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Brain. 2015 Feb;138(Pt 2):371-87. doi: 10.1093/brain/awu339. Epub 2014 Dec 2.

Targeting pharmacoresistant epilepsy and epileptogenesis with a dual-purpose antiepileptic drug.

Author information

1
1 Laboratory for Experimental Epileptology and Cognition Research, Department of Epileptology, University of Bonn, Sigmund-Freud-Straße 25, 53105 Bonn, Germany.
2
1 Laboratory for Experimental Epileptology and Cognition Research, Department of Epileptology, University of Bonn, Sigmund-Freud-Straße 25, 53105 Bonn, Germany 2 Department of Neurology, University of Bonn, Bonn, Germany.
3
3 BIAL - Portela & C , S.A., S. Mamede do Coronado, Portugal.
4
3 BIAL - Portela & C , S.A., S. Mamede do Coronado, Portugal 4 MedInUP - Center for Drug Discovery and Innovative Medicines, University of Porto, Porto, Portugal.
5
1 Laboratory for Experimental Epileptology and Cognition Research, Department of Epileptology, University of Bonn, Sigmund-Freud-Straße 25, 53105 Bonn, Germany 5 German Center for Neurodegenerative Diseases (DZNE), Ludwig-Erhard-Allee 2, 53175 Bonn, Germany Heinz.beck@ukb.uni-bonn.de.

Abstract

In human epilepsy, pharmacoresistance to antiepileptic drug therapy is a major problem affecting a substantial fraction of patients. Many of the currently available antiepileptic drugs target voltage-gated sodium channels, leading to a rate-dependent suppression of neuronal discharge. A loss of use-dependent block has emerged as a potential cellular mechanism of pharmacoresistance for anticonvulsants acting on voltage-gated sodium channels. There is a need both for compounds that overcome this resistance mechanism and for novel drugs that inhibit the process of epileptogenesis. We show that eslicarbazepine acetate, a once-daily antiepileptic drug, may constitute a candidate compound that addresses both issues. Eslicarbazepine acetate is converted extensively to eslicarbazepine after oral administration. We have first tested using patch-clamp recording in human and rat hippocampal slices if eslicarbazepine, the major active metabolite of eslicarbazepine acetate, shows maintained activity in chronically epileptic tissue. We show that eslicarbazepine exhibits maintained use-dependent blocking effects both in human and experimental epilepsy with significant add-on effects to carbamazepine in human epilepsy. Second, we show that eslicarbazepine acetate also inhibits Cav3.2 T-type Ca(2+) channels, which have been shown to be key mediators of epileptogenesis. We then examined if transitory administration of eslicarbazepine acetate (once daily for 6 weeks, 150 mg/kg or 300 mg/kg) after induction of epilepsy in mice has an effect on the development of chronic seizures and neuropathological correlates of chronic epilepsy. We found that eslicarbazepine acetate exhibits strong antiepileptogenic effects in experimental epilepsy. EEG monitoring showed that transitory eslicarbazepine acetate treatment resulted in a significant decrease in seizure activity at the chronic state, 8 weeks after the end of treatment. Moreover, eslicarbazepine acetate treatment resulted in a significant decrease in mossy fibre sprouting into the inner molecular layer of pilocarpine-injected mice, as detected by Timm staining. In addition, epileptic animals treated with 150 mg/kg, but not those that received 300 mg/kg eslicarbazepine acetate showed an attenuated neuronal loss. These results indicate that eslicarbazepine potentially overcomes a cellular resistance mechanism to conventional antiepileptic drugs and at the same time constitutes a potent antiepileptogenic agent.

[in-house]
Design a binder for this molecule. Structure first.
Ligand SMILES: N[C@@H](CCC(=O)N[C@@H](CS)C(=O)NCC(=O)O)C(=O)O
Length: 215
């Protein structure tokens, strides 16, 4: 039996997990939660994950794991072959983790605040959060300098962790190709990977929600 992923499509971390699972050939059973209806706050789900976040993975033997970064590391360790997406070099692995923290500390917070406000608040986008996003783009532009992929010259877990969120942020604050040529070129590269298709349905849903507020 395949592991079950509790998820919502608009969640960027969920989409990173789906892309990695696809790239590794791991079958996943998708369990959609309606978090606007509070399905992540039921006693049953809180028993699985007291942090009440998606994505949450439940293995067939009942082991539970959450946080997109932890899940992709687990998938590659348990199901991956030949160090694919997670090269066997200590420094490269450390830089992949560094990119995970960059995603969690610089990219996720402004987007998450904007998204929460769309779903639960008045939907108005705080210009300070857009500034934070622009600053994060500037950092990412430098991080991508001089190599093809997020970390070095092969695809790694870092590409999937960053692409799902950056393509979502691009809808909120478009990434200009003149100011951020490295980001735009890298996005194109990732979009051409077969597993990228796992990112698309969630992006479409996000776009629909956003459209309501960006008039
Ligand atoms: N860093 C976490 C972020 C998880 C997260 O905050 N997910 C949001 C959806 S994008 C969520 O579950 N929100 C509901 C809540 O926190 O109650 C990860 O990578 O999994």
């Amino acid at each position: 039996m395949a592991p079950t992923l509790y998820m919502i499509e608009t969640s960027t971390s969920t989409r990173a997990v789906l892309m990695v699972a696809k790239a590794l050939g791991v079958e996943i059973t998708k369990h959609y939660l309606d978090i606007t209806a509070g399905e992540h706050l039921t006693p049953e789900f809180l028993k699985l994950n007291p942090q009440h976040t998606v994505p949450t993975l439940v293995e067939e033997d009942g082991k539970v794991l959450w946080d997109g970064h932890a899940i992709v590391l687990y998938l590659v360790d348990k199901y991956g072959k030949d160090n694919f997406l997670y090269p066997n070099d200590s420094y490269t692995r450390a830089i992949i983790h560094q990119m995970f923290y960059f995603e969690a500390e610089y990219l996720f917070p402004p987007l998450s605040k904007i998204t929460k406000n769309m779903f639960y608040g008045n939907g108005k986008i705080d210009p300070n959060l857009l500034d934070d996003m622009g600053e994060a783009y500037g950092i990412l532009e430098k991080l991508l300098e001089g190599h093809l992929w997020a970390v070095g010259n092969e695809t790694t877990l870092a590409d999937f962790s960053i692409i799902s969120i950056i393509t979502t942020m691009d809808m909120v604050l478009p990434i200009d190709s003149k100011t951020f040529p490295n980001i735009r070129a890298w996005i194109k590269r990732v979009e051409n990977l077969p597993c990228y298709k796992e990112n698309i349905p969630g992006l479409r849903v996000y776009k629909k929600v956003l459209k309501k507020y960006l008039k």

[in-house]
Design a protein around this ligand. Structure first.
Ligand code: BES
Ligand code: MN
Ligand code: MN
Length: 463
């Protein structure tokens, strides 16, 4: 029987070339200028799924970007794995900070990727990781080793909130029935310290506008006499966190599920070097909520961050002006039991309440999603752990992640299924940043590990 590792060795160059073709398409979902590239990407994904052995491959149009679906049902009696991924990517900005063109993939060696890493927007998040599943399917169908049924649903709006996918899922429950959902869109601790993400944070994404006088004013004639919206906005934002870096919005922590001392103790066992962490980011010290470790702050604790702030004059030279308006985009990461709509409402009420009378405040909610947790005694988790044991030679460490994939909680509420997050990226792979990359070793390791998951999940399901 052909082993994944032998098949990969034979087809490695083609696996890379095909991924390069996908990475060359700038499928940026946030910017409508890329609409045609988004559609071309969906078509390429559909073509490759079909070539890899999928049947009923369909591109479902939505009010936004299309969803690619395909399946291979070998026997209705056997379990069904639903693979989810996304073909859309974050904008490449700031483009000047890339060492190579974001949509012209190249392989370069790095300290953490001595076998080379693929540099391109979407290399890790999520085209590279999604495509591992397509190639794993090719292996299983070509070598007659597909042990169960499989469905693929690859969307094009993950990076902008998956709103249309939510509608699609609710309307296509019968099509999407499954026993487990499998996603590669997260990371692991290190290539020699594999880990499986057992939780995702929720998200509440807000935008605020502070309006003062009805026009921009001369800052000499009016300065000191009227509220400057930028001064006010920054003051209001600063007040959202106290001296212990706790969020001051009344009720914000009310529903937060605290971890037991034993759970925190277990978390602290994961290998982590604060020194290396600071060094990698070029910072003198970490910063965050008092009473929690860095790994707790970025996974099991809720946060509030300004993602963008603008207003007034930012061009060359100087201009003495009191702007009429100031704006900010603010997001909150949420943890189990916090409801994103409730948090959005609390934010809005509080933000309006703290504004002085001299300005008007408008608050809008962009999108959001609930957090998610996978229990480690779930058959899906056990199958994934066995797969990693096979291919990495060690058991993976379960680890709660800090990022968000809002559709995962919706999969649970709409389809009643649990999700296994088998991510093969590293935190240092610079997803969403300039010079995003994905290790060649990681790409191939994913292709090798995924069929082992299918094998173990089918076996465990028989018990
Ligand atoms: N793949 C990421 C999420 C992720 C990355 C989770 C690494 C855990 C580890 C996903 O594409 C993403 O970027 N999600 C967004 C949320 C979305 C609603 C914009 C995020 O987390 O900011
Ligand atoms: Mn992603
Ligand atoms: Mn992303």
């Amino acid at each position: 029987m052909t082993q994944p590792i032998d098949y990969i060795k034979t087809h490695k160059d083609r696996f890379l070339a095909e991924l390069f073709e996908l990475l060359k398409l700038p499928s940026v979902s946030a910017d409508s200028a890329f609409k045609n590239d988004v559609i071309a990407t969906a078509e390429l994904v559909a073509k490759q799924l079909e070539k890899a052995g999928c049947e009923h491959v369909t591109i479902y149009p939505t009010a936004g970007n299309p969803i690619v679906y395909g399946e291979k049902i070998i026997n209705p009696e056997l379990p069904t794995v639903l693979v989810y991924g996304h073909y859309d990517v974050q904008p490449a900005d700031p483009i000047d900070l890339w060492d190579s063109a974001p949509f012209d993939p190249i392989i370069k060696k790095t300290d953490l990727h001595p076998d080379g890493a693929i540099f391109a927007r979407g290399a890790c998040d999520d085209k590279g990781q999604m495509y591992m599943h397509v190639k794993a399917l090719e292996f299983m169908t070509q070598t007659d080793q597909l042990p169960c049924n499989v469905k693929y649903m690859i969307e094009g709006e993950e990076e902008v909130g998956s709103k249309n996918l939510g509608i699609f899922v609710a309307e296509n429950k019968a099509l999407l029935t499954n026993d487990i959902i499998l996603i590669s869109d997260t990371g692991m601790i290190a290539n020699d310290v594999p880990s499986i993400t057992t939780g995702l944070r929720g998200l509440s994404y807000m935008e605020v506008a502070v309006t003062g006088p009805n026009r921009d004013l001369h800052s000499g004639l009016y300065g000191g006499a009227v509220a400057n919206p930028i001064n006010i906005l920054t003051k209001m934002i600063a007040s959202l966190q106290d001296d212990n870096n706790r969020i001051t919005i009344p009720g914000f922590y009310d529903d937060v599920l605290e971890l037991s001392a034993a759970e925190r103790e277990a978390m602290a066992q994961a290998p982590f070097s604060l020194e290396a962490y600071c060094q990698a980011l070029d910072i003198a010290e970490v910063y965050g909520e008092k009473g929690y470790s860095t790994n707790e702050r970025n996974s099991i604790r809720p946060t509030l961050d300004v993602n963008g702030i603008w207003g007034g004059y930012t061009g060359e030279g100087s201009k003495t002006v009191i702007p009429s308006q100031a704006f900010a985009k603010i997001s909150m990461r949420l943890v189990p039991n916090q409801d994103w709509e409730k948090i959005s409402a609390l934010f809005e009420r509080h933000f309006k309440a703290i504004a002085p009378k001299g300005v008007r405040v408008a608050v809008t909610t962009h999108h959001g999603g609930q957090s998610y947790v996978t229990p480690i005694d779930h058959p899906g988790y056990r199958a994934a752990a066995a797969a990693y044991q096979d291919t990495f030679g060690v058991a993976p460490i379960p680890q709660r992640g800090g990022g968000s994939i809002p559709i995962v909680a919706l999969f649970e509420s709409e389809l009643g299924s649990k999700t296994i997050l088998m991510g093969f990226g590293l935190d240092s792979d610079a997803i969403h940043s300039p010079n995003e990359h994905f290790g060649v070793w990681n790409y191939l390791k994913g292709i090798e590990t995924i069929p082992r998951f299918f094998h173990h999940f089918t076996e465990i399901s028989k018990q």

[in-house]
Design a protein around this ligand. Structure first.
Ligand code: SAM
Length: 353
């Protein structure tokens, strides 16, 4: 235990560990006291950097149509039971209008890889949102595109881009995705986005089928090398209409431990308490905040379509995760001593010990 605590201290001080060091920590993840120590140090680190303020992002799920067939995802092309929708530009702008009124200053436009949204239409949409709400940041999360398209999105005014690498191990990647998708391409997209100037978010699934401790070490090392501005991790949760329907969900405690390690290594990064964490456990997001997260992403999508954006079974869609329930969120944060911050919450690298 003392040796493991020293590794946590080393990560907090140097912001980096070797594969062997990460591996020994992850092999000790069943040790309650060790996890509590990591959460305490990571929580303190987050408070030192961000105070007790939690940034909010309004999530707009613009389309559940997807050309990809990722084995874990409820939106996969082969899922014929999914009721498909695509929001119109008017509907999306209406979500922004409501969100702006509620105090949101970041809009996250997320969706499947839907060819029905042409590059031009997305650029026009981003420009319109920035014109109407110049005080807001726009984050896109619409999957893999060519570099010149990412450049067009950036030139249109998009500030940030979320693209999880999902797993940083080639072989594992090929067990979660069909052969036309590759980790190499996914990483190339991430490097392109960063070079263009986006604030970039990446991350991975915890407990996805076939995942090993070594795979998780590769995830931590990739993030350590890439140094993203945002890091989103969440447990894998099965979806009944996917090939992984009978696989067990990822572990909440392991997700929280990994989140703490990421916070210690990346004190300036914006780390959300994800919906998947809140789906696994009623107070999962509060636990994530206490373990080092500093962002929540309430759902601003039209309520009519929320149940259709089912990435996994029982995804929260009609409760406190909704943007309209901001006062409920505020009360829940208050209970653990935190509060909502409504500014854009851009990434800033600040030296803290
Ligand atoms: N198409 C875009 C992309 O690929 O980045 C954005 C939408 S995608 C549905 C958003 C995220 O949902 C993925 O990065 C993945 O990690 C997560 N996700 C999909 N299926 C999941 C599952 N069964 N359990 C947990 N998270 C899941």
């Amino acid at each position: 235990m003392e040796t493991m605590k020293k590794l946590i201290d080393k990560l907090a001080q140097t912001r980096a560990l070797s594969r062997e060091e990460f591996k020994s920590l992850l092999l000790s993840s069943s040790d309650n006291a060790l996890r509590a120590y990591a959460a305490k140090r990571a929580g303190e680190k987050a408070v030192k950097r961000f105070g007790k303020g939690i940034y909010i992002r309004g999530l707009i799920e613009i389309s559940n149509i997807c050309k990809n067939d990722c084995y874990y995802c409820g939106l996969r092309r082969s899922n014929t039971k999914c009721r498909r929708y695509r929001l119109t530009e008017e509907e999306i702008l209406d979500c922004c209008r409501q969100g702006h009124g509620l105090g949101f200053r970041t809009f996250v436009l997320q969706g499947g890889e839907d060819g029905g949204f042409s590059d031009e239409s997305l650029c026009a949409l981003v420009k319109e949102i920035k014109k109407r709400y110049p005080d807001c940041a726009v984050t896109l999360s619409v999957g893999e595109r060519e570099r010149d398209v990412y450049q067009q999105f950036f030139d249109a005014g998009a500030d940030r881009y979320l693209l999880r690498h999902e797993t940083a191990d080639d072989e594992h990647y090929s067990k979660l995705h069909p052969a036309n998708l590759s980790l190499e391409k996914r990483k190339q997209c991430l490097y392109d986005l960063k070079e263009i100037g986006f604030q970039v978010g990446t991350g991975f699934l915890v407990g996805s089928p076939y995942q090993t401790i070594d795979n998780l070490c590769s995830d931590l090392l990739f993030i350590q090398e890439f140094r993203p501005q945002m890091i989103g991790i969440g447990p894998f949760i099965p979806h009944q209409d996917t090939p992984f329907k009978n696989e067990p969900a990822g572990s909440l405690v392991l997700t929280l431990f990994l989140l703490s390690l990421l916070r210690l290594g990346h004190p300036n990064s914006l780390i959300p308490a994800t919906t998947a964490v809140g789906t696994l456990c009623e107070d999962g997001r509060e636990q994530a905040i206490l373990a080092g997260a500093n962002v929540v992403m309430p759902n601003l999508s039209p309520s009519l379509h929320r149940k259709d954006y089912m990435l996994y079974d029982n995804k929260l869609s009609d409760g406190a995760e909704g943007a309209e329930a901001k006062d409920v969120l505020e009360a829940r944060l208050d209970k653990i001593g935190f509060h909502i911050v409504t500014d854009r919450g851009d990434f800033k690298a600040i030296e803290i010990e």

KEYWORDS:

anticonvulsant drugs; antiepileptogenesis; epilepsy; eslicarbazepine; pharmacoresistance

PMID:
25472797
DOI:
10.1093/brain/awu339
[Indexed for MEDLINE]

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